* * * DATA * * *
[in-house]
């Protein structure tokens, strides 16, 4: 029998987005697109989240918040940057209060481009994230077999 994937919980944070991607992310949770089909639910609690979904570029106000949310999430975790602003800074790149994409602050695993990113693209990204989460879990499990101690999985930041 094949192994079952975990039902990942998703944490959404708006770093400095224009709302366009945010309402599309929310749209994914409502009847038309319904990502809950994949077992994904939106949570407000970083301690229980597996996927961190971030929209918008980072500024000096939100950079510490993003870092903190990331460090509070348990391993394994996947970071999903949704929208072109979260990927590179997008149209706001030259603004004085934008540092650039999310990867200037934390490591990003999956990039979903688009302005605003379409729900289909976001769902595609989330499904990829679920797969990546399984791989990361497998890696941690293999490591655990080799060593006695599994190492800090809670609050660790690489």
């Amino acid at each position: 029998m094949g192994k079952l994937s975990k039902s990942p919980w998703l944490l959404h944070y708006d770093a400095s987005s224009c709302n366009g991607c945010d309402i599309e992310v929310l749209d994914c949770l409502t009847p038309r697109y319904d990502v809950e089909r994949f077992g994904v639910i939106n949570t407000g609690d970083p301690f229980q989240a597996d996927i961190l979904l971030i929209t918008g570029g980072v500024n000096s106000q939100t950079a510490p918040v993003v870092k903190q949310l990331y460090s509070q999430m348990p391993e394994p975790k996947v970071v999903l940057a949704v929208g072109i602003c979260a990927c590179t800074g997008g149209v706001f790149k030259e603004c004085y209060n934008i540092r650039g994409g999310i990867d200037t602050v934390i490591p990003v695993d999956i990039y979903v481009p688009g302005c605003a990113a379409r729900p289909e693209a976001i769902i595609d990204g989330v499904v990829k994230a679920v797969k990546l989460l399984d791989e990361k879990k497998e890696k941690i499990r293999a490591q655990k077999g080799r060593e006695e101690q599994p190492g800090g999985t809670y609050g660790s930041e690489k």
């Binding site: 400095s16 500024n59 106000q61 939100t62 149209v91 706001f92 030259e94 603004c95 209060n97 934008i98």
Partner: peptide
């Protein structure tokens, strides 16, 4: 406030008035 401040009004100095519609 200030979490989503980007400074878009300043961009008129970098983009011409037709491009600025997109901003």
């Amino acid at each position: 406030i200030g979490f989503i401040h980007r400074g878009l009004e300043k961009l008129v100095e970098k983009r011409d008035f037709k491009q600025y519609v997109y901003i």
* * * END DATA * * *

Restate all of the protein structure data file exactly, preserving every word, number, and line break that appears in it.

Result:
[in-house]
């Protein structure tokens, strides 16, 4: 029998987005697109989240918040940057209060481009994230077999 994937919980944070991607992310949770089909639910609690979904570029106000949310999430975790602003800074790149994409602050695993990113693209990204989460879990499990101690999985930041 094949192994079952975990039902990942998703944490959404708006770093400095224009709302366009945010309402599309929310749209994914409502009847038309319904990502809950994949077992994904939106949570407000970083301690229980597996996927961190971030929209918008980072500024000096939100950079510490993003870092903190990331460090509070348990391993394994996947970071999903949704929208072109979260990927590179997008149209706001030259603004004085934008540092650039999310990867200037934390490591990003999956990039979903688009302005605003379409729900289909976001769902595609989330499904990829679920797969990546399984791989990361497998890696941690293999490591655990080799060593006695599994190492800090809670609050660790690489």
């Amino acid at each position: 029998m094949g192994k079952l994937s975990k039902s990942p919980w998703l944490l959404h944070y708006d770093a400095s987005s224009c709302n366009g991607c945010d309402i599309e992310v929310l749209d994914c949770l409502t009847p038309r697109y319904d990502v809950e089909r994949f077992g994904v639910i939106n949570t407000g609690d970083p301690f229980q989240a597996d996927i961190l979904l971030i929209t918008g570029g980072v500024n000096s106000q939100t950079a510490p918040v993003v870092k903190q949310l990331y460090s509070q999430m348990p391993e394994p975790k996947v970071v999903l940057a949704v929208g072109i602003c979260a990927c590179t800074g997008g149209v706001f790149k030259e603004c004085y209060n934008i540092r650039g994409g999310i990867d200037t602050v934390i490591p990003v695993d999956i990039y979903v481009p688009g302005c605003a990113a379409r729900p289909e693209a976001i769902i595609d990204g989330v499904v990829k994230a679920v797969k990546l989460l399984d791989e990361k879990k497998e890696k941690i499990r293999a490591q655990k077999g080799r060593e006695e101690q599994p190492g800090g999985t809670y609050g660790s930041e690489k």
């Binding site: 400095s16 500024n59 106000q61 939100t62 149209v91 706001f92 030259e94 603004c95 209060n97 934008i98």
Partner: peptide
């Protein structure tokens, strides 16, 4: 406030008035 401040009004100095519609 200030979490989503980007400074878009300043961009008129970098983009011409037709491009600025997109901003």
């Amino acid at each position: 406030i200030g979490f989503i401040h980007r400074g878009l009004e300043k961009l008129v100095e970098k983009r011409d008035f037709k491009q600025y519609v997109y901003i």